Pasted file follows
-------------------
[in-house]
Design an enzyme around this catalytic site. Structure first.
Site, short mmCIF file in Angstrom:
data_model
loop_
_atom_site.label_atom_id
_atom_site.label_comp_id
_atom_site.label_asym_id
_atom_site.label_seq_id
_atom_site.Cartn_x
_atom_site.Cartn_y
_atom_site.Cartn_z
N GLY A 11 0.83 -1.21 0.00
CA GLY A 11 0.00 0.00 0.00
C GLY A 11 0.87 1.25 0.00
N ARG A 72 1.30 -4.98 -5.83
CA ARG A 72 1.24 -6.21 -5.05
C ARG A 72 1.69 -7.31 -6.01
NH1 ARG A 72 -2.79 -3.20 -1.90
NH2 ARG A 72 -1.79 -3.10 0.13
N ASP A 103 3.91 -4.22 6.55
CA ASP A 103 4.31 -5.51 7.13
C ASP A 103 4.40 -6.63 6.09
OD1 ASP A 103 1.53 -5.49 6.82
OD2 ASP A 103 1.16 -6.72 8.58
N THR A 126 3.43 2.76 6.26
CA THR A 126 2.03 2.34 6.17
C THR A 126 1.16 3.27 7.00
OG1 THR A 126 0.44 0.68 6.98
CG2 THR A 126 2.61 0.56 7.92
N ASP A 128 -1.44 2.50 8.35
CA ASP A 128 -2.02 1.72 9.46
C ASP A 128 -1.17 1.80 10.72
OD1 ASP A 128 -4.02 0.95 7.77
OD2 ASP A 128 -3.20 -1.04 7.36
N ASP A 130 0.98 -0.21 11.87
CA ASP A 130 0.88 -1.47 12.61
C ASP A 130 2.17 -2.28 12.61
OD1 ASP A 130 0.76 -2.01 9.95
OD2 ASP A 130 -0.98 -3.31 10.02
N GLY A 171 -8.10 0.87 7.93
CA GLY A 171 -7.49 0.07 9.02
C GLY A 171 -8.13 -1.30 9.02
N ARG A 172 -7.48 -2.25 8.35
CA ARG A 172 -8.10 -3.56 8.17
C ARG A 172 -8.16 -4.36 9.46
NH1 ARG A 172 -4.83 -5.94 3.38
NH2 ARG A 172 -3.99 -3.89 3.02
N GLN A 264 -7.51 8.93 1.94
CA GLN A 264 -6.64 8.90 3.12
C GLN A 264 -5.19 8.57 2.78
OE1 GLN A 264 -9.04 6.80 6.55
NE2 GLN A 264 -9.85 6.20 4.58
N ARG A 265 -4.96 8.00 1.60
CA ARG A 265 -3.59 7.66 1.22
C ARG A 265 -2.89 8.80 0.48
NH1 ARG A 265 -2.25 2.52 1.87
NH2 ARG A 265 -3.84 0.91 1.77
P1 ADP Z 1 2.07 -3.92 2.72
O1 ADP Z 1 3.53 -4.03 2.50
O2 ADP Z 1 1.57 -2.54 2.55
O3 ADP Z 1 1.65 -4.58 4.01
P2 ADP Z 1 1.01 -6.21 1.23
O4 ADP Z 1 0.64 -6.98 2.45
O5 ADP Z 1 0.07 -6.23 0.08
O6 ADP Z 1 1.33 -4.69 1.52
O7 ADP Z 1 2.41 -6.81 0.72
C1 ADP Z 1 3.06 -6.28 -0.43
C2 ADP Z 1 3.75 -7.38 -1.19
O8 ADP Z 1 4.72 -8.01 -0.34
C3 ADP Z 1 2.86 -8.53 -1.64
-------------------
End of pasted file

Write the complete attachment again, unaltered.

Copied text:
[in-house]
Design an enzyme around this catalytic site. Structure first.
Site, short mmCIF file in Angstrom:
data_model
loop_
_atom_site.label_atom_id
_atom_site.label_comp_id
_atom_site.label_asym_id
_atom_site.label_seq_id
_atom_site.Cartn_x
_atom_site.Cartn_y
_atom_site.Cartn_z
N GLY A 11 0.83 -1.21 0.00
CA GLY A 11 0.00 0.00 0.00
C GLY A 11 0.87 1.25 0.00
N ARG A 72 1.30 -4.98 -5.83
CA ARG A 72 1.24 -6.21 -5.05
C ARG A 72 1.69 -7.31 -6.01
NH1 ARG A 72 -2.79 -3.20 -1.90
NH2 ARG A 72 -1.79 -3.10 0.13
N ASP A 103 3.91 -4.22 6.55
CA ASP A 103 4.31 -5.51 7.13
C ASP A 103 4.40 -6.63 6.09
OD1 ASP A 103 1.53 -5.49 6.82
OD2 ASP A 103 1.16 -6.72 8.58
N THR A 126 3.43 2.76 6.26
CA THR A 126 2.03 2.34 6.17
C THR A 126 1.16 3.27 7.00
OG1 THR A 126 0.44 0.68 6.98
CG2 THR A 126 2.61 0.56 7.92
N ASP A 128 -1.44 2.50 8.35
CA ASP A 128 -2.02 1.72 9.46
C ASP A 128 -1.17 1.80 10.72
OD1 ASP A 128 -4.02 0.95 7.77
OD2 ASP A 128 -3.20 -1.04 7.36
N ASP A 130 0.98 -0.21 11.87
CA ASP A 130 0.88 -1.47 12.61
C ASP A 130 2.17 -2.28 12.61
OD1 ASP A 130 0.76 -2.01 9.95
OD2 ASP A 130 -0.98 -3.31 10.02
N GLY A 171 -8.10 0.87 7.93
CA GLY A 171 -7.49 0.07 9.02
C GLY A 171 -8.13 -1.30 9.02
N ARG A 172 -7.48 -2.25 8.35
CA ARG A 172 -8.10 -3.56 8.17
C ARG A 172 -8.16 -4.36 9.46
NH1 ARG A 172 -4.83 -5.94 3.38
NH2 ARG A 172 -3.99 -3.89 3.02
N GLN A 264 -7.51 8.93 1.94
CA GLN A 264 -6.64 8.90 3.12
C GLN A 264 -5.19 8.57 2.78
OE1 GLN A 264 -9.04 6.80 6.55
NE2 GLN A 264 -9.85 6.20 4.58
N ARG A 265 -4.96 8.00 1.60
CA ARG A 265 -3.59 7.66 1.22
C ARG A 265 -2.89 8.80 0.48
NH1 ARG A 265 -2.25 2.52 1.87
NH2 ARG A 265 -3.84 0.91 1.77
P1 ADP Z 1 2.07 -3.92 2.72
O1 ADP Z 1 3.53 -4.03 2.50
O2 ADP Z 1 1.57 -2.54 2.55
O3 ADP Z 1 1.65 -4.58 4.01
P2 ADP Z 1 1.01 -6.21 1.23
O4 ADP Z 1 0.64 -6.98 2.45
O5 ADP Z 1 0.07 -6.23 0.08
O6 ADP Z 1 1.33 -4.69 1.52
O7 ADP Z 1 2.41 -6.81 0.72
C1 ADP Z 1 3.06 -6.28 -0.43
C2 ADP Z 1 3.75 -7.38 -1.19
O8 ADP Z 1 4.72 -8.01 -0.34
C3 ADP Z 1 2.86 -8.53 -1.64